I went to the Greater Cleveland Middle-Market Forum last Friday and had several fascinating conversations with many great entrepreneurs about what their biggest challenge is in getting their business to the next level. The number one concern for them is how to hire the right people to keep growing the business successfully. Almost every entrepreneur I spoke with had a horror story about a time when they hired the wrong person for their organization. They felt that their bad decisions may have cost their organizations hundreds of thousands of dollars over the years.
As of this month, I’ve been in management roles where I interviewed and hired great employees for thirty years. Where does the time go? I’d like to share several ideas that can help you get the best people on your team. It worked for me and my clients and I’m certain it will work for you.
The first secret of hiring great people is knowing what you’re looking for before you start the hiring process. I’ve seen many great managers hire the wrong person because they did not know what they wanted this person to do. Take time to consider what responsibilities this person will have in your organization. Many great sales managers fail to understand the differences between their organization and the general market.
Take time to look at what traits the successful people on your team share. Today, there are many great organizations that can help you assess your current team to uncover key success factors that may not be apparent as you look at your team. Another idea is to consider when hiring is how this individual will fit into your current team. Will they complement your current team members and also bring new capabilities to your organization? Sometimes when you hire to add new skills, you miss why this person might struggle in your organization. It’s no one’s fault. The culture might be too entrenched or the people struggle with the politics of being the transformation person on your team. You will be more successful by setting clearly defined goals and responsibilities when hiring someone new. The more effective you are before the hire the more likely success for your hire.
The second secret of hiring great people is to do a culture check. When working with high energy teams, I’m often surprised when the hiring manager comes back with an individual who looks great on paper but lacks the focus and drive required to succeed in their new role. You would be better off discovering if the person has the required energy for the job. Working in a startup is different than working for IBM. Many big hiring misses come from not exploring how the person will thrive in the new environment. One of my favorite tactics I use is I interview people at the end of their day. I want to see how they can get up for an interview and how focused they are when meeting me at 6:00pm. This also allows you to get people who can’t get away during the day to interview for the job. I find most people I interview over dinner are more relaxed and casual and I can get a much better read on who they really are. Interviewing can be stressful and I want to know who the person really is before moving them on in the interviewing process.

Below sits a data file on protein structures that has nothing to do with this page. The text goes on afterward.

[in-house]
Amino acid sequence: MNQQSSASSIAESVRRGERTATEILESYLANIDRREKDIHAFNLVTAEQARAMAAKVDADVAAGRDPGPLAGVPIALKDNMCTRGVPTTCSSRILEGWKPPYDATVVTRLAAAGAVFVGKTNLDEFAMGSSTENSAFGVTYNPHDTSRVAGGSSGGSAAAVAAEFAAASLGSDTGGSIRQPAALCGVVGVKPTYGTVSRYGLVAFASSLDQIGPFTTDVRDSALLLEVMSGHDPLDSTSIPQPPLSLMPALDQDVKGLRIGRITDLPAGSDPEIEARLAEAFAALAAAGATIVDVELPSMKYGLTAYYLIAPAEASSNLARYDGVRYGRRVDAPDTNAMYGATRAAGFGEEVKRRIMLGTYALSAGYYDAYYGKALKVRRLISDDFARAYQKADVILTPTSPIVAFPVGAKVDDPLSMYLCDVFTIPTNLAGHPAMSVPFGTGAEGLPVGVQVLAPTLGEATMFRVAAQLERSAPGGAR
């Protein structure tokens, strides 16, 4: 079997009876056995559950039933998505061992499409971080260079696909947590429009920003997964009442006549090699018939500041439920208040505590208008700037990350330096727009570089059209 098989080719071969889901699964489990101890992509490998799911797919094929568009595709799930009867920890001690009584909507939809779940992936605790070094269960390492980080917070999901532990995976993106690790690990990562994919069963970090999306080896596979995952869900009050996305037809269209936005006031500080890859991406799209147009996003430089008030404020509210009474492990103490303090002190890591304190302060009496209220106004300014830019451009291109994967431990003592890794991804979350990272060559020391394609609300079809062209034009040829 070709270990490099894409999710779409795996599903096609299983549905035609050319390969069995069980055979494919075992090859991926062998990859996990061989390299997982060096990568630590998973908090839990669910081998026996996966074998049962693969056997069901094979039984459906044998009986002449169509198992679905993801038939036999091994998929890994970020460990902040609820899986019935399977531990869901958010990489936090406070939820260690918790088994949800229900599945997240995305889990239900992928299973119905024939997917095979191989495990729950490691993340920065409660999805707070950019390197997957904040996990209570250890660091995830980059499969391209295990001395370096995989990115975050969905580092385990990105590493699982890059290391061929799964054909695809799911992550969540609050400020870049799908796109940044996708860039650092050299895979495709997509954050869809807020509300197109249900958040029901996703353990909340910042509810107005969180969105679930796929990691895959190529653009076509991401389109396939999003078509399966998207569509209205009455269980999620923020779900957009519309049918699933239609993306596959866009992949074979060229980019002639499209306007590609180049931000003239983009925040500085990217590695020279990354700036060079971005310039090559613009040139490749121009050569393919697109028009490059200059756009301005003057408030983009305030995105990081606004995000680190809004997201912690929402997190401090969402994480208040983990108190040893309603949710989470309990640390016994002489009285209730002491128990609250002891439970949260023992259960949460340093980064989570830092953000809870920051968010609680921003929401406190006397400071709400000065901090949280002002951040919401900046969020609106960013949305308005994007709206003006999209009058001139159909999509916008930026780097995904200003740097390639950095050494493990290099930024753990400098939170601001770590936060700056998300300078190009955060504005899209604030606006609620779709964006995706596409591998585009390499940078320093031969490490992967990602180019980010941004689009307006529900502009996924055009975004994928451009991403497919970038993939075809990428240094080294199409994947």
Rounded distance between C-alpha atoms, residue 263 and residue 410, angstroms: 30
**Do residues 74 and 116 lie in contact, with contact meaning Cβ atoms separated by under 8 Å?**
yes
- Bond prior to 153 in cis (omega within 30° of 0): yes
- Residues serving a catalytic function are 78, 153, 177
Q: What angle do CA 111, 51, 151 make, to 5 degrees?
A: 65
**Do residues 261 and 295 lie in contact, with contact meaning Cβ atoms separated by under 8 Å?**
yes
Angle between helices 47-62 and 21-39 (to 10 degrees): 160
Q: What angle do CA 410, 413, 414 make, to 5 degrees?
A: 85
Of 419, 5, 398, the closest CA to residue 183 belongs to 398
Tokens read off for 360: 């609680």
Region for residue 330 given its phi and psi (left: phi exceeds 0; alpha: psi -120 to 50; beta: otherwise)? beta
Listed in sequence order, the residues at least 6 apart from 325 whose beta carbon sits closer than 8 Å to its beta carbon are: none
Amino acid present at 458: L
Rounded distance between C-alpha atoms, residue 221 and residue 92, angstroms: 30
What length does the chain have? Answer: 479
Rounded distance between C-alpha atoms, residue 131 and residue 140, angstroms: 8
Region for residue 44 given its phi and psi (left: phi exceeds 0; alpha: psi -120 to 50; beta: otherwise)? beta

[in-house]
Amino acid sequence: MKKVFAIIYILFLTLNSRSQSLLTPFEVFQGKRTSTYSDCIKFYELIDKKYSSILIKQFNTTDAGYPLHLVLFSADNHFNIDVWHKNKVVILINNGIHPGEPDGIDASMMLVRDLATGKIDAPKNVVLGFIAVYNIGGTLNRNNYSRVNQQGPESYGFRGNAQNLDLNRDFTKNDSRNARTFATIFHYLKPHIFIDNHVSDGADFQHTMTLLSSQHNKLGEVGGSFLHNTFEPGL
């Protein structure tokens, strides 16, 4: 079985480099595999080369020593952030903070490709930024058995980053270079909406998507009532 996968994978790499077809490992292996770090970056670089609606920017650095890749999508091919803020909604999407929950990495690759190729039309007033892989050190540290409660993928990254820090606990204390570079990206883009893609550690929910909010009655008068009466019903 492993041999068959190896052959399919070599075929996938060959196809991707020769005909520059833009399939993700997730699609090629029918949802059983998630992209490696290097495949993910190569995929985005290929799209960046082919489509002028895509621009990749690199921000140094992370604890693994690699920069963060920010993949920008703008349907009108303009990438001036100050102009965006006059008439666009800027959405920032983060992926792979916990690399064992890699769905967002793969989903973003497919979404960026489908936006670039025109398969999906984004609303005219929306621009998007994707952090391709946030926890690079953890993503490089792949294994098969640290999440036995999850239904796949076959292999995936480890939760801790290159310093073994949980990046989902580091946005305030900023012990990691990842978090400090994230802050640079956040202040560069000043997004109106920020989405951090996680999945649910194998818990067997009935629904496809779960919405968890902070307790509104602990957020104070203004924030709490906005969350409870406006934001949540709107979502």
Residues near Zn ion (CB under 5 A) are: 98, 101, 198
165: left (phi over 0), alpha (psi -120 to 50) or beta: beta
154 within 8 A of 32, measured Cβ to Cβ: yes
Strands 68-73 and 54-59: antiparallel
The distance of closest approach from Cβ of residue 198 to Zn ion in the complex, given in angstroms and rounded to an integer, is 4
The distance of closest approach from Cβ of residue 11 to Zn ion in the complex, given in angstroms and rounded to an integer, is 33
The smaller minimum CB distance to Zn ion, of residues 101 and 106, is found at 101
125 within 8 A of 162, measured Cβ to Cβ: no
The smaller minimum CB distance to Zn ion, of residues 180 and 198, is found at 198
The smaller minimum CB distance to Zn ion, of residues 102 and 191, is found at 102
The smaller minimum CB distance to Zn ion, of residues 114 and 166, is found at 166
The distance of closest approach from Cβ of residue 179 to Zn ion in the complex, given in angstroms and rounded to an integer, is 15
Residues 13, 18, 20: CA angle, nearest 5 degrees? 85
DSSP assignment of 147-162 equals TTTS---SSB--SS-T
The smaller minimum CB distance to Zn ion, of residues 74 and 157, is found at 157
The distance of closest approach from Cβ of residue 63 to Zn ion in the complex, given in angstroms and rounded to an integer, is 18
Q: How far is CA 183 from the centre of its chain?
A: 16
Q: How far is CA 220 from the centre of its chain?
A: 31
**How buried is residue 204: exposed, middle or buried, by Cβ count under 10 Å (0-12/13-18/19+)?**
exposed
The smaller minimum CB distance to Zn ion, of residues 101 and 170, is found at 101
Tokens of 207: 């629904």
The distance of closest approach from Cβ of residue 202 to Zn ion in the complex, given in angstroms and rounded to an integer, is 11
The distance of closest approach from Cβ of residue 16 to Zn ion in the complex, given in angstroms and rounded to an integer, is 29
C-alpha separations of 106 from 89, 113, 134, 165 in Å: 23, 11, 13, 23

The third secret is don’t oversell your opportunity. You need to attract the best people for your organization, but if you’re doing all the selling you may not get the best person for your team. When I sell my opportunity I want them to sell me on themselves, as well. I may add stress to the conversation by saying I’m talking to other candidates and I want to make a decision quickly. I want to see how people respond to a faster paced tempo. This usually does the trick by getting them to think about if they want the job or not. Depending on what position I’m interviewing people for, I may have them take an online assessment to help me better understand who they are. In most cases, I share my findings with them to see how coachable they are. In most situations in my career, I’m a player coach, so it’s critical that my team members are able to take and give during critical situations in the business.
The final secret I’ve used is I do my own reference checks. I know it takes more time, but I find that it’s better to dodge a bullet than take one. I have mastered the art of the low key reference check. I’ll share how I do it in a future blog. I can tell you will be amazed at what people will say on reference calls when you remove the pressure.
If you do these simple steps, you can increase your hiring success rate by 90%. Tomorrow on our sister blog, Developing Serving Leaders, I’ll share some of the secrets Richard Branson uses to hire and build a great organization. See you tomorrow.